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Figure 6. Views of survey respondents Autistic Adults (n=125)

Family Members (n=827)

Researchers (n=120)

1. How can public

1. What are the best

1. What are the best

1. What are the best

services best meet

ways to improve the

ways to improve the

ways to improve the

the needs of autistic

life skills of autistic

life skills of autistic

life skills of autistic

people? (61%)

people? (61%)

people? (48%)

people? (66%)

2. What are the best

2. How can public

2. How do autistic

2. How do autistic

ways to improve the

services best meet

people think and

people think and

life skills of autistic

the needs of autistic

learn? (48%)

learn? (52%)

people? (43%)

people? (43%)

3. What does the future

3. How do autistic

3. How can public

3. How can public

hold for autistic

people think and

services best meet the

services best meet

adults? (39%)

learn? (35%)

needs of autistic

the needs of autistic

people? (37%)

people? (51%)

“We need to know how to work with the services to make sure everyone has a chance of having a better life.” 28-year-old autistic woman They also discussed the importance of developing effective ways to teach life skills to individuals with autism, promoting independence in adulthood. “Research needs to be carried out and put into ways to teach life skills and social rules to create more independence for adulthood.” Sister of an autistic person “We need to understand the most effective ways to educate autistic children and provide life skills whilst respecting them as individuals.” Mother of child with autism All four groups of stakeholders also emphasised the need to understand how autistic people think, learn and interpret the world around them. “We must try to understand how the autistic person thinks/ processes the world around 30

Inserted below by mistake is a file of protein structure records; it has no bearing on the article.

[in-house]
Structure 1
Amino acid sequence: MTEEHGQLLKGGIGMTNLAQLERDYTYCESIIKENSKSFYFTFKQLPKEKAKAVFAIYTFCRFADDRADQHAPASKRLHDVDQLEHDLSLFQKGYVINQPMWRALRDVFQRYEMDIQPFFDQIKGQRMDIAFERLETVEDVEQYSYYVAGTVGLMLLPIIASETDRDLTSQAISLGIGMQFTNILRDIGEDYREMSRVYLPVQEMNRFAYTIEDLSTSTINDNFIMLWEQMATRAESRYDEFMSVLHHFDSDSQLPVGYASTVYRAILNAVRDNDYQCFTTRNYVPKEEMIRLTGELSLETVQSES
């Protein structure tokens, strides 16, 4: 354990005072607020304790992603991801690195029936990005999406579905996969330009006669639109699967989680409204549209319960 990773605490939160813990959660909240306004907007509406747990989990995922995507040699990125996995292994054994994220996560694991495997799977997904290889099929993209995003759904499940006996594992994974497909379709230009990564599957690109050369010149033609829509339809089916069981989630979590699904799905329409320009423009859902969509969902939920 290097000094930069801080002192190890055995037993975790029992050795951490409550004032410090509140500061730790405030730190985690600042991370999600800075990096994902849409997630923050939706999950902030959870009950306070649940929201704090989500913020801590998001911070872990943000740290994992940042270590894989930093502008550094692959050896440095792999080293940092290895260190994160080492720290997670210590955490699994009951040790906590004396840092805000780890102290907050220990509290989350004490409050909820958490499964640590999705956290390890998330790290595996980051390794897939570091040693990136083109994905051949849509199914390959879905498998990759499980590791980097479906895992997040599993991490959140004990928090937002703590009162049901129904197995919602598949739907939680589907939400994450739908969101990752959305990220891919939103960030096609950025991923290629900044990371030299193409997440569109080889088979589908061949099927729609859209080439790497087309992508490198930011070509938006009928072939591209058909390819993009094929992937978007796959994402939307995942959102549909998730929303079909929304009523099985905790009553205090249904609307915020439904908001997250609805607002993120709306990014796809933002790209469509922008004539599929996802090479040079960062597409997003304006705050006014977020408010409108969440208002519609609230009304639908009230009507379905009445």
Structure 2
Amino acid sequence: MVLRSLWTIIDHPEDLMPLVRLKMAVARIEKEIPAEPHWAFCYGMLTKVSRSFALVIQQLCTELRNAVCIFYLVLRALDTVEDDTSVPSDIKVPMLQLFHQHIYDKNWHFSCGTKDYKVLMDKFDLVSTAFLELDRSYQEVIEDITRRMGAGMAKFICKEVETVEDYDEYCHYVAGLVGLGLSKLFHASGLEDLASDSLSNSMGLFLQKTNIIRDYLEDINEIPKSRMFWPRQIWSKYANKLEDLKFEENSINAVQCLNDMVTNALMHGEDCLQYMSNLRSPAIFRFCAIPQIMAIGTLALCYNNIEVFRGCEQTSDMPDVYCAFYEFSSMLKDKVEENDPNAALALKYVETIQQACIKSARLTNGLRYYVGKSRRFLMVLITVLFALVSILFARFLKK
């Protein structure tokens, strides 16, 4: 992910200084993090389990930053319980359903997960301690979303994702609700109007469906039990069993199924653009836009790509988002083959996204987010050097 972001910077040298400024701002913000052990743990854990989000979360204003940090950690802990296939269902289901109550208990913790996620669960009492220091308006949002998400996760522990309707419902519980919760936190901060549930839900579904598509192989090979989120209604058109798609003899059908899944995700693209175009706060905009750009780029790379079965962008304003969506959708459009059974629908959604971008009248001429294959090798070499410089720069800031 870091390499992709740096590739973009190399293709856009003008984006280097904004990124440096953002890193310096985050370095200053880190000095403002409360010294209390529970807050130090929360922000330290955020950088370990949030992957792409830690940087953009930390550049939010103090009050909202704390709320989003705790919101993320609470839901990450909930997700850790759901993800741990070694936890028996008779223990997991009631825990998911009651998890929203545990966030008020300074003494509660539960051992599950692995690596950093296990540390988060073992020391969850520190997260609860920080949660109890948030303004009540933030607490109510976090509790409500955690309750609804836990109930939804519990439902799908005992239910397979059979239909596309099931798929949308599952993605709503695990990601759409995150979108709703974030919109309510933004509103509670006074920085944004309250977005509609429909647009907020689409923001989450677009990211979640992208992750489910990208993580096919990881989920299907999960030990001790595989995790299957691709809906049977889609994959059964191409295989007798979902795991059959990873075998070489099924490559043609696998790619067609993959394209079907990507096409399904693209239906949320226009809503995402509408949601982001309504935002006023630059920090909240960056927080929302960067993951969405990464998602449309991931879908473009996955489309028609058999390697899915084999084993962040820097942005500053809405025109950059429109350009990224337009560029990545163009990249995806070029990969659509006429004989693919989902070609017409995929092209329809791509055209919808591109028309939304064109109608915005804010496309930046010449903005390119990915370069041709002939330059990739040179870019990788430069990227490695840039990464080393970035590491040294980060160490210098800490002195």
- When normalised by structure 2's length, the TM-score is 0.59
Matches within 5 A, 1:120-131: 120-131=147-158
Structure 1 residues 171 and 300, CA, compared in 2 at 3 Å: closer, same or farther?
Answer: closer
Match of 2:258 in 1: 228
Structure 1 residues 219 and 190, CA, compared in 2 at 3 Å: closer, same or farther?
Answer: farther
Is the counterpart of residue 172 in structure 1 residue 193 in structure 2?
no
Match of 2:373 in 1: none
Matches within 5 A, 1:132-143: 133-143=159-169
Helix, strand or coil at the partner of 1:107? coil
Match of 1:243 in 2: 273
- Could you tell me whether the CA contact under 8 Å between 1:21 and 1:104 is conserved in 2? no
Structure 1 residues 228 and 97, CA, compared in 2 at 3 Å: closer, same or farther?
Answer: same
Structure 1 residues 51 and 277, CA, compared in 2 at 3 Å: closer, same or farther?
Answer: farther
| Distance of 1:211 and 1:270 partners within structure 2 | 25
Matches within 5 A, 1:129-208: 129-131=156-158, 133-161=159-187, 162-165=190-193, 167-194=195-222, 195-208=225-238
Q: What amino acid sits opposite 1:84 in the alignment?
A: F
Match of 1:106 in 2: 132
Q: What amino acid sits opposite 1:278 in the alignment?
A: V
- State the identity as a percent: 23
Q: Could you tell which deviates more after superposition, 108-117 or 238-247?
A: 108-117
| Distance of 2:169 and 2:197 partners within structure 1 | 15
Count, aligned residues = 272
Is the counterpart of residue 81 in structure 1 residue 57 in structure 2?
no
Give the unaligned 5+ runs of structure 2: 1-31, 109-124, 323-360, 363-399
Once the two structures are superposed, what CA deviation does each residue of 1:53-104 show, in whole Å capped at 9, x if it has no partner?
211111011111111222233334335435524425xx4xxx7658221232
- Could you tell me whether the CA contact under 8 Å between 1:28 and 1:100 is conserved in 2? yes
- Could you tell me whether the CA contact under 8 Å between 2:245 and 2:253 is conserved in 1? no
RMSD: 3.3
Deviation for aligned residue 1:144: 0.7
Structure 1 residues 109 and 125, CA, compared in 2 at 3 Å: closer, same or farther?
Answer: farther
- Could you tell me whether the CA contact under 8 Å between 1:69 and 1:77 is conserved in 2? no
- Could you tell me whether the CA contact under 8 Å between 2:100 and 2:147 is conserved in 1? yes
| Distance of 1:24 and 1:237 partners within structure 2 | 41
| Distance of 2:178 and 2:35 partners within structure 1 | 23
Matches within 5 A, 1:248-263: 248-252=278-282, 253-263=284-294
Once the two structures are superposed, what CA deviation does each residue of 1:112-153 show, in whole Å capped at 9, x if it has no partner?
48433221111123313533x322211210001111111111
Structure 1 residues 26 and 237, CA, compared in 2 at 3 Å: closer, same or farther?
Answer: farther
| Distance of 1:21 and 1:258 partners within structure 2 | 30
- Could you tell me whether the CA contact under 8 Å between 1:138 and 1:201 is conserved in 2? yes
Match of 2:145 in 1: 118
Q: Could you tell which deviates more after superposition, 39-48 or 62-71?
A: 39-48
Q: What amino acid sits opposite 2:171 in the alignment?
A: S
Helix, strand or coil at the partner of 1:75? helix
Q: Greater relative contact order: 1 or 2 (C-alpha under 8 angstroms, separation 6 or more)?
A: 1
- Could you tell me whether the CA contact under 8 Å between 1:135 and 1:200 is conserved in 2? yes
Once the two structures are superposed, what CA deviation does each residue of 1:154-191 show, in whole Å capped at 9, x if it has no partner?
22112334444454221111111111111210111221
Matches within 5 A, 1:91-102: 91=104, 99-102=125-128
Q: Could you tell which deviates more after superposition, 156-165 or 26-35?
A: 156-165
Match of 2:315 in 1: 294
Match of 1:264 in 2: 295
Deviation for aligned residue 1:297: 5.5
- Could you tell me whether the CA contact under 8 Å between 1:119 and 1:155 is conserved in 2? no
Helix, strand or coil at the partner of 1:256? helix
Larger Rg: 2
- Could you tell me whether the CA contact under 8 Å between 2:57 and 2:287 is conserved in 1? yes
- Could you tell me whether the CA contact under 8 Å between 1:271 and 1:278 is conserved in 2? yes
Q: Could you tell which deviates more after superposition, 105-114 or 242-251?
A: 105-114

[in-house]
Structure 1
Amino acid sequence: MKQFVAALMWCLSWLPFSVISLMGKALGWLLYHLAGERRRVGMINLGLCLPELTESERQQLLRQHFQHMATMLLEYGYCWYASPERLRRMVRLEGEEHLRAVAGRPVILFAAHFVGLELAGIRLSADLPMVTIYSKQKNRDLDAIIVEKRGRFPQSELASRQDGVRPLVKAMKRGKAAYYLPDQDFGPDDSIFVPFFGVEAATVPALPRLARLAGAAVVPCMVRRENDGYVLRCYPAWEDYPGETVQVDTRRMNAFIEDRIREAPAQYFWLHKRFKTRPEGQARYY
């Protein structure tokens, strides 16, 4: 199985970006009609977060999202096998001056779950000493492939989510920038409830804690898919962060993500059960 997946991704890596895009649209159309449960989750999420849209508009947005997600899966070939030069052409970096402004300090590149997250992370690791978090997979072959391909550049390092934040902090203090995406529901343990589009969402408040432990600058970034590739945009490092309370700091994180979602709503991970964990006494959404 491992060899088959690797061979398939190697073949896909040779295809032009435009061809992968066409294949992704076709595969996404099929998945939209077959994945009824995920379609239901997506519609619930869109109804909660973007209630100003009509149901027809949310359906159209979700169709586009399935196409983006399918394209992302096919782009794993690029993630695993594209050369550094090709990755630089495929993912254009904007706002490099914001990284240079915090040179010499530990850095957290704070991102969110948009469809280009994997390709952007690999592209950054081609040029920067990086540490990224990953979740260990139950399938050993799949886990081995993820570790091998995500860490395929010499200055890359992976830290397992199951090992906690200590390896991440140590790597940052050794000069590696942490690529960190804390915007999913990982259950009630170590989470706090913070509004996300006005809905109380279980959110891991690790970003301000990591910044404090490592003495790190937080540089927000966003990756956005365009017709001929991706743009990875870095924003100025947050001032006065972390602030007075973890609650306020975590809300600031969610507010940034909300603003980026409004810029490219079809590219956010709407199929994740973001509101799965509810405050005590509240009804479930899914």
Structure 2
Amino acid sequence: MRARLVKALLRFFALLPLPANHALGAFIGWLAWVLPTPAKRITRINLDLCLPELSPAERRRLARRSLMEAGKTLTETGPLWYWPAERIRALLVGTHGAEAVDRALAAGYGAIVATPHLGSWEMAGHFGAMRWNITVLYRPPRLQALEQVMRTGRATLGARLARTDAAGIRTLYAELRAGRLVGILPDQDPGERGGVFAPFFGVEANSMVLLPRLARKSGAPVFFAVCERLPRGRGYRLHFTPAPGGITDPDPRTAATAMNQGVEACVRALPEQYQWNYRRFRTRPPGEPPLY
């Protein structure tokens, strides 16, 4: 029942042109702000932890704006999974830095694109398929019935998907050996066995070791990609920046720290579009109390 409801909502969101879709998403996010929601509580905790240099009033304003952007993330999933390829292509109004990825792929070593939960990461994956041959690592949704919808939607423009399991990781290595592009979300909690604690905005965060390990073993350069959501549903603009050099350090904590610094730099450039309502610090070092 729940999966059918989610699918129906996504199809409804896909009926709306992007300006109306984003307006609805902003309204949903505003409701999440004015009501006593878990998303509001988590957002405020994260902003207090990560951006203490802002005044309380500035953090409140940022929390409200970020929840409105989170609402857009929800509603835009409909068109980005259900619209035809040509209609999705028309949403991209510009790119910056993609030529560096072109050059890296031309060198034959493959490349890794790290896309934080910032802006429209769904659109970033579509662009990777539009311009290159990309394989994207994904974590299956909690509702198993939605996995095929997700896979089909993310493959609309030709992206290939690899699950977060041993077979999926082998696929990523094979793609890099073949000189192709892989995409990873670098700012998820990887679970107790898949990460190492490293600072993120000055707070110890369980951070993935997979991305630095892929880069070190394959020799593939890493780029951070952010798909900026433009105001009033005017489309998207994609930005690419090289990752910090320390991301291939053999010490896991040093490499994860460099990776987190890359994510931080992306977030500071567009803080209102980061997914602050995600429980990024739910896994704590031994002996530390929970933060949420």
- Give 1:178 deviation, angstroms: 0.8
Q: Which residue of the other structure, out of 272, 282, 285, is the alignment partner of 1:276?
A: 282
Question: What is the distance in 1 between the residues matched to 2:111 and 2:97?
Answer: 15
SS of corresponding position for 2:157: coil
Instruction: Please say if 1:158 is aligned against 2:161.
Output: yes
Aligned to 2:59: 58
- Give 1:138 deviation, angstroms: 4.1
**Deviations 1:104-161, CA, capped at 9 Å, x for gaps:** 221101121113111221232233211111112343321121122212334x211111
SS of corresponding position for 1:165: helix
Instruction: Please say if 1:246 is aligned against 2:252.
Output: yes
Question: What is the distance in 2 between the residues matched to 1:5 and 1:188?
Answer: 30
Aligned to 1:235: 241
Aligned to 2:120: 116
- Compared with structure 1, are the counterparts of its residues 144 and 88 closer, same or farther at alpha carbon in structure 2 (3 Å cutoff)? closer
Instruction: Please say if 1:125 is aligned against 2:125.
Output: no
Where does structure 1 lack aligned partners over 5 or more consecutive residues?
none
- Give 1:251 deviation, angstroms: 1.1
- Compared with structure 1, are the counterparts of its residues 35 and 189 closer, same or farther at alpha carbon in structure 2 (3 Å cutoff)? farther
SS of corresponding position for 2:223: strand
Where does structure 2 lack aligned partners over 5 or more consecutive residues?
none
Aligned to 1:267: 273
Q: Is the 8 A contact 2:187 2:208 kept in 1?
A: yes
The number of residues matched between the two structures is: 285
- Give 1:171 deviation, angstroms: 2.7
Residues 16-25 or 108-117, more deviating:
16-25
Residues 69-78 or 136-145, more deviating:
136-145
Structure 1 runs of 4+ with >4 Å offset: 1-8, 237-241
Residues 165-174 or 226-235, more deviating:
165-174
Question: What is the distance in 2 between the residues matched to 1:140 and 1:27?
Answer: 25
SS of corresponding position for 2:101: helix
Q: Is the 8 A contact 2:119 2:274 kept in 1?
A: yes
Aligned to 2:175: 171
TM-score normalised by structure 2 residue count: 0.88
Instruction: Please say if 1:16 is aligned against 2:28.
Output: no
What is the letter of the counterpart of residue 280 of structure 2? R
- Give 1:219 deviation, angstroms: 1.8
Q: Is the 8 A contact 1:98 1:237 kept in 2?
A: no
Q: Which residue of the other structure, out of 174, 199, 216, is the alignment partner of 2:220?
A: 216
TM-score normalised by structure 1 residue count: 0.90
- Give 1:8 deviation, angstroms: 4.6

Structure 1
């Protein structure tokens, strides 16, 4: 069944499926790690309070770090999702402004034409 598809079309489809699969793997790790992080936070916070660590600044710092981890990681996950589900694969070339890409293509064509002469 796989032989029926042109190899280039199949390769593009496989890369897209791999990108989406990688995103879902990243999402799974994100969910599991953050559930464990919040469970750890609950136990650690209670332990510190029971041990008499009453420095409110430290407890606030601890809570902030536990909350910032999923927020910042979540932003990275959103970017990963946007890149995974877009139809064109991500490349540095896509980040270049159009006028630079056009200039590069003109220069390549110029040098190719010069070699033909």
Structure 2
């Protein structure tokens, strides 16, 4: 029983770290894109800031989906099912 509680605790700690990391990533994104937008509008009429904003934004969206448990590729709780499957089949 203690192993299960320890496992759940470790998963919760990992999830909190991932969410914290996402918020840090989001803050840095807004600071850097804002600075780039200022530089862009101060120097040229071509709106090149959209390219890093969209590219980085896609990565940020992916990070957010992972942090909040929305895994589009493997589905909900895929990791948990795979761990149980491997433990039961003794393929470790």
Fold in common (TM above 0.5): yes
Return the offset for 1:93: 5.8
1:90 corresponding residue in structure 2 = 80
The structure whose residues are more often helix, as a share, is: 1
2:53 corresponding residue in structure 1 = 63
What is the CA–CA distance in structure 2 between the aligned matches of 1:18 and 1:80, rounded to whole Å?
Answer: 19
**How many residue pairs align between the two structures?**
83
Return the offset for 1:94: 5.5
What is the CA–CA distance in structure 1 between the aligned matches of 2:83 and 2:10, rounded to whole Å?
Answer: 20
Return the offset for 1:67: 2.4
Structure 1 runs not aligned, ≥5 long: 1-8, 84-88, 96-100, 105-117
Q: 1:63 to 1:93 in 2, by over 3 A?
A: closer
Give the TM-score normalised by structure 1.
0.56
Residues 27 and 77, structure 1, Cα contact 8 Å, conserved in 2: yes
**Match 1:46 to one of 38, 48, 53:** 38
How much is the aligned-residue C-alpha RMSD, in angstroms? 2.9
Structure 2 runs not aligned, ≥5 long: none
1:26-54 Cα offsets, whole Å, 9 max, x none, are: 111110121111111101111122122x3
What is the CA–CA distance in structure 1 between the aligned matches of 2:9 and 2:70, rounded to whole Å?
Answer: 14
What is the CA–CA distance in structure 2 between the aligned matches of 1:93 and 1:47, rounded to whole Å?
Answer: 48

Practitioners (n=427)

them so we are able to better understand and support them.” Mother of a preschooler with autism “I want to understand more about how my child sees the world so I can better understand his response to it.” Mother of young person with autism There were, however, some clear differences between the stakeholder groups when ranking their priorities. Of note, autistic people gave greater priority to recognition of the signs and symptoms of autism than the other three groups. Also, while family members, practitioners and researchers all considered research into interventions for the core symptoms of autism a priority, this was reported to be a low priority for autistic people. Autistic people also ranked research into the place of autistic individuals in society as a crucial area for research.

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A future made together: Shaping autism research in the UK  

A future made together: Shaping autism research in the UK  

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